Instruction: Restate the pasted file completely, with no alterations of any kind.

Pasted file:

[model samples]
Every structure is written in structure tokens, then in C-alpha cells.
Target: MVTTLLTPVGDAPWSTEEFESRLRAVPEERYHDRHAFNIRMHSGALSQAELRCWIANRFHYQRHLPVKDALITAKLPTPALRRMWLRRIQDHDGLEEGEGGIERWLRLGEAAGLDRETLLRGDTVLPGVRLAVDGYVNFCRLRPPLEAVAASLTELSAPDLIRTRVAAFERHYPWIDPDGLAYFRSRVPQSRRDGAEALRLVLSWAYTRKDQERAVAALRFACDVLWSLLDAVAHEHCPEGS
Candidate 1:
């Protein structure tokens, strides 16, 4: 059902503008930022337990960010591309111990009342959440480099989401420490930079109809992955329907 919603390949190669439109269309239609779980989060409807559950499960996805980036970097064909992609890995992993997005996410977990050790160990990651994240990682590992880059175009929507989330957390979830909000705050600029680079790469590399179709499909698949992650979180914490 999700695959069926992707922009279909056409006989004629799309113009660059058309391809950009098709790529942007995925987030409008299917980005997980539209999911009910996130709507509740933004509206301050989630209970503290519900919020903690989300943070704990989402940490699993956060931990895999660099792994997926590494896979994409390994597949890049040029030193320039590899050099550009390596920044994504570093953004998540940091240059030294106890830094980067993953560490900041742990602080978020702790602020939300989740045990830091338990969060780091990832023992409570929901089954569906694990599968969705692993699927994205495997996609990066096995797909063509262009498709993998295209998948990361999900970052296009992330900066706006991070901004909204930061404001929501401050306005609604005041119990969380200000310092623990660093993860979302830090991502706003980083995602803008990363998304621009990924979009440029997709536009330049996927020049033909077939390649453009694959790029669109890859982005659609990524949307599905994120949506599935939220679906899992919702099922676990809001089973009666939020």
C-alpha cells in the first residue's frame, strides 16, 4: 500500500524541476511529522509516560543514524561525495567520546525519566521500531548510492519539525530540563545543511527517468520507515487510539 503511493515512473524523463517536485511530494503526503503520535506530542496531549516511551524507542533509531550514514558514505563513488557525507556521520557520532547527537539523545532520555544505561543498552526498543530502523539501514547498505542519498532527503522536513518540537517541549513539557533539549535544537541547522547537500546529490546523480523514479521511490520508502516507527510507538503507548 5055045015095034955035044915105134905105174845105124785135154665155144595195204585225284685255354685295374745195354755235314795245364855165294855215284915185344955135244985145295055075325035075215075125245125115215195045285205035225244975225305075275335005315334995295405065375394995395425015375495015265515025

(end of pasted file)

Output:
[model samples]
Every structure is written in structure tokens, then in C-alpha cells.
Target: MVTTLLTPVGDAPWSTEEFESRLRAVPEERYHDRHAFNIRMHSGALSQAELRCWIANRFHYQRHLPVKDALITAKLPTPALRRMWLRRIQDHDGLEEGEGGIERWLRLGEAAGLDRETLLRGDTVLPGVRLAVDGYVNFCRLRPPLEAVAASLTELSAPDLIRTRVAAFERHYPWIDPDGLAYFRSRVPQSRRDGAEALRLVLSWAYTRKDQERAVAALRFACDVLWSLLDAVAHEHCPEGS
Candidate 1:
């Protein structure tokens, strides 16, 4: 059902503008930022337990960010591309111990009342959440480099989401420490930079109809992955329907 919603390949190669439109269309239609779980989060409807559950499960996805980036970097064909992609890995992993997005996410977990050790160990990651994240990682590992880059175009929507989330957390979830909000705050600029680079790469590399179709499909698949992650979180914490 999700695959069926992707922009279909056409006989004629799309113009660059058309391809950009098709790529942007995925987030409008299917980005997980539209999911009910996130709507509740933004509206301050989630209970503290519900919020903690989300943070704990989402940490699993956060931990895999660099792994997926590494896979994409390994597949890049040029030193320039590899050099550009390596920044994504570093953004998540940091240059030294106890830094980067993953560490900041742990602080978020702790602020939300989740045990830091338990969060780091990832023992409570929901089954569906694990599968969705692993699927994205495997996609990066096995797909063509262009498709993998295209998948990361999900970052296009992330900066706006991070901004909204930061404001929501401050306005609604005041119990969380200000310092623990660093993860979302830090991502706003980083995602803008990363998304621009990924979009440029997709536009330049996927020049033909077939390649453009694959790029669109890859982005659609990524949307599905994120949506599935939220679906899992919702099922676990809001089973009666939020």
C-alpha cells in the first residue's frame, strides 16, 4: 500500500524541476511529522509516560543514524561525495567520546525519566521500531548510492519539525530540563545543511527517468520507515487510539 503511493515512473524523463517536485511530494503526503503520535506530542496531549516511551524507542533509531550514514558514505563513488557525507556521520557520532547527537539523545532520555544505561543498552526498543530502523539501514547498505542519498532527503522536513518540537517541549513539557533539549535544537541547522547537500546529490546523480523514479521511490520508502516507527510507538503507548 5055045015095034955035044915105134905105174845105124785135154665155144595195204585225284685255354685295374745195354755235314795245364855165294855215284915185344955135244985145295055075325035075215075125245125115215195045285205035225244975225305075275335005315334995295405065375394995395425015375495015265515025